Microsoft and Nokia join forces in smartphone wars with the Lumia
MICROSOFT and Nokia have joined to boost their arsenal in the smartphone wars with two powerful new Windows-powered devices aimed at battling Apple’s iPhone and rivals powered by Google’s Android system.
The new Nokia Lumia 820 and 920 are part of the Finnish-based company’s strategy of offering “an alternative to the faceless black and grey monoblocs that you see out there,” said Nokia president and chief executive Stephen Elop at a New York launch event.
“This is Lumia, the world’s most innovative smartphone,” Mr Elop said.
Microsoft chief executive Steve Ballmer also appeared at the event, which offered no specifics on launch dates or prices in various markets.
“This is a very important milestone. It is unbelievable how far we have come in 18 months working with Nokia,” Mr Ballmer said.
Mr Ballmer added that the launch highlights “the broader context of where we’re going overall with Windows,” with the launch of the new Windows 8 platform and Windows Phone 8.
“This is a year for Windows,” he said. “Windows phones, Windows tablets, Windows PCs, we’ve reimagined Windows from the ground up.”
Offered in several bright colours such as yellow and lipstick red, the devices will run Microsoft’s Windows Phone 8, the operating system aimed at challenging market leaders Apple and Google.
Nokia smart devices team leader Jo Harlow said the Lumia 920, which will be the new flagship, “is the most innovative smartphone in the world.”
She said the phone has the most advanced camera of any smartphone, extended battery life and a display with “better than HD resolution.”
“The clarity is so incredible that video just pops right out of the screen,” she said.
The device also includes Nokia’s location platform, which allows users notably to point the phone at a location in a city and get information on local shops and restaurants.
Ms Harlow called this “the most intuitive way to explore the world around you.”
The new phone’s battery, she said, would be 30 per cent more efficient than its rivals and also incorporate wireless charging, with Nokia joining an effort to bring this technology to airports, coffee shops and other locations.
The event also unveiled a Lumia 820, which offers some of the same features at a lower price.
Nokia’s share price slumped more than 10 per cent, but analysts offered a generally favourable view of the phones.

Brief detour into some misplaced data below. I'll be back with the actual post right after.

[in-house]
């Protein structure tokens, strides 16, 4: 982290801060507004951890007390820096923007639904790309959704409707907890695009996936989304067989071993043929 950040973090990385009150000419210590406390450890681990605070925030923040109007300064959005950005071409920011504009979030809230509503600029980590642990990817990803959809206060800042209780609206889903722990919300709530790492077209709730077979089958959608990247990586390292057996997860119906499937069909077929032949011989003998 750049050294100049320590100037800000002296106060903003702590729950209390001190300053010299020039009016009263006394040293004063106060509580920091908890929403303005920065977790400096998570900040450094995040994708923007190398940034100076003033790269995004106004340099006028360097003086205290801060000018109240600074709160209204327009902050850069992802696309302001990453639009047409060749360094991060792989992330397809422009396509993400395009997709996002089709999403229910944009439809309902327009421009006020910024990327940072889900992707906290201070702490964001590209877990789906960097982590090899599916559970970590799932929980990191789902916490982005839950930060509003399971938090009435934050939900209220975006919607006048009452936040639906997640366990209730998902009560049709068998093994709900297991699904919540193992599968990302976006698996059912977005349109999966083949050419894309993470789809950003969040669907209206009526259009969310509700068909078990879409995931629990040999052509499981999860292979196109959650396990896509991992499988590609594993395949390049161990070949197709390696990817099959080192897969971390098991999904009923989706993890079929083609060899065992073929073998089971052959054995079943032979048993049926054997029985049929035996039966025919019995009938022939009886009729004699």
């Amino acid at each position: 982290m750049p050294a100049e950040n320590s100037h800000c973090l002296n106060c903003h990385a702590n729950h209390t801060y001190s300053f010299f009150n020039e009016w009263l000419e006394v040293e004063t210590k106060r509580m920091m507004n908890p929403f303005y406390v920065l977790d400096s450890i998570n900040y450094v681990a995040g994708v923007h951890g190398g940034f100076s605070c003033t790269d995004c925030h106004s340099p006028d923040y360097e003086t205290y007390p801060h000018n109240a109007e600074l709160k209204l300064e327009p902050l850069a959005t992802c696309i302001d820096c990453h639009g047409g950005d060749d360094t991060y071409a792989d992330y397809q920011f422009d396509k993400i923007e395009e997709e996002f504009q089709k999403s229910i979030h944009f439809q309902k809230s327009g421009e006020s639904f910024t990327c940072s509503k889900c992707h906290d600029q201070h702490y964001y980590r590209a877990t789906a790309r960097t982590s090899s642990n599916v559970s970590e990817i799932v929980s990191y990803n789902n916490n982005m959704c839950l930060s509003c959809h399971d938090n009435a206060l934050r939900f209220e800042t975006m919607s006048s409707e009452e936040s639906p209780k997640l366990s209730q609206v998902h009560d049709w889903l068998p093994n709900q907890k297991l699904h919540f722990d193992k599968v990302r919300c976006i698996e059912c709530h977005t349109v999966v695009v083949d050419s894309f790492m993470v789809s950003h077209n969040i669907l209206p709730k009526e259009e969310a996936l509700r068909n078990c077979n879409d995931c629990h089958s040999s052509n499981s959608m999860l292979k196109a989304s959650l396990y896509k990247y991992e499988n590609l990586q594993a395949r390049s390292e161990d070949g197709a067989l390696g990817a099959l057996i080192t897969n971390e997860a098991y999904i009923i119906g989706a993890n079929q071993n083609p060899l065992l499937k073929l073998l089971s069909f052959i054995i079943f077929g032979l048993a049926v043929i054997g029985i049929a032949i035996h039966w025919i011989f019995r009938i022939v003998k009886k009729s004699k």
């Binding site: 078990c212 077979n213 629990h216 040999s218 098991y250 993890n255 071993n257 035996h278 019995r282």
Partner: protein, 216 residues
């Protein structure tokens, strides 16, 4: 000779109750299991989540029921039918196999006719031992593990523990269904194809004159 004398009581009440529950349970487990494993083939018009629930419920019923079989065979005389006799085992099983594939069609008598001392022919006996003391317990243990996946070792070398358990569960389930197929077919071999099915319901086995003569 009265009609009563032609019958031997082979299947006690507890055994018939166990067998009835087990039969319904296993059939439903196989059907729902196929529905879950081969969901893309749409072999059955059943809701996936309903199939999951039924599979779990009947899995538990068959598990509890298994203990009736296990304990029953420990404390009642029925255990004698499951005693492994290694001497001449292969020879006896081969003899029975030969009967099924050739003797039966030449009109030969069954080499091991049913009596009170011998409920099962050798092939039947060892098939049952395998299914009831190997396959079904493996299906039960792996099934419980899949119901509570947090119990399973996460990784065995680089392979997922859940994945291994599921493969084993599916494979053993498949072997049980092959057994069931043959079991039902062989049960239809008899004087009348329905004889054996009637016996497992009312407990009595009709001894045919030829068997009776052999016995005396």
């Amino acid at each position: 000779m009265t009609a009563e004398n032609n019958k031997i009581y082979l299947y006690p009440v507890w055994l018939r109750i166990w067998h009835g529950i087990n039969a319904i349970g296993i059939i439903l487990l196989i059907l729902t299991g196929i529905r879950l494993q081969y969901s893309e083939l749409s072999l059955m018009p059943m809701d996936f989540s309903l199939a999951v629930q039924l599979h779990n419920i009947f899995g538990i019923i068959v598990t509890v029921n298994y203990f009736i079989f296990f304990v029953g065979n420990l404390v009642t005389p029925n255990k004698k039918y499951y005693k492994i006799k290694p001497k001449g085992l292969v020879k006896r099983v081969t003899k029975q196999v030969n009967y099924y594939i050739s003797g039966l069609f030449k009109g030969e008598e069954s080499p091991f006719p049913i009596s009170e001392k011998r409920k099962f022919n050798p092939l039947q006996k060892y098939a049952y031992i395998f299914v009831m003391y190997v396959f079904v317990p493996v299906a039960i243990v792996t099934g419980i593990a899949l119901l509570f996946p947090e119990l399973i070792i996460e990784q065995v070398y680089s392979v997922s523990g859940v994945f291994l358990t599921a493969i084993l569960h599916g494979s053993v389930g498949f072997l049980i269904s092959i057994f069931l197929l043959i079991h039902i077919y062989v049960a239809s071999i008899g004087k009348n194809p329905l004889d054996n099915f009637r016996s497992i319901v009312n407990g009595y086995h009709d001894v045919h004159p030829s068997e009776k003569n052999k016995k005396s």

“It’s definitely a step in the right direction,” said Ramon Llamas of the research firm IDC.
“They are addressing some of the pain points for smartphone users like blurry and shaky pictures.”
But Mr Llamas said it will be a tough market in the fourth quarter with Apple expected to launch a new iPhone, and others also introducing new devices.
“Lumia is not the only thing out there,” he said. “Some of the innovation they have is awesome but if they can’t get the message out properly it’s going to be novelty ware.”
Michael Gartenberg of Gartner offered a similar view.
“Clearly Nokia has created a product that no one is going to confuse with anything else,” he said.
“Now they have to execute and tell the story.”
Mr Gartenberg said the market is growing fast enough “to support multiple ecosystems” but that Nokia needs “to explain to consumers why different is better.”
Nokia, once the leader in mobile phones, has been losing market share as consumers move to smartphones powered by Apple’s iOS or Google’s Android operating system.
The Finnish company’s new strategy is phasing out its Symbian smartphones in favour of a partnership with Microsoft.
That alliance has produced a first line of Lumia smartphones, which Nokia is counting on to help it survive in a rapidly changing landscape.
The launch comes with Nokia losing ground and Microsoft holding only a modest share of the sizzling smartphone market.
According to Gartner, Android held a 64 per cent share of the smartphone market in the second quarter to 18.8 per cent for Apple. But analysts see Apple regaining traction with the launch of its new iPhone later this month.
Apple’s iPhone5 to launch ‘in a week’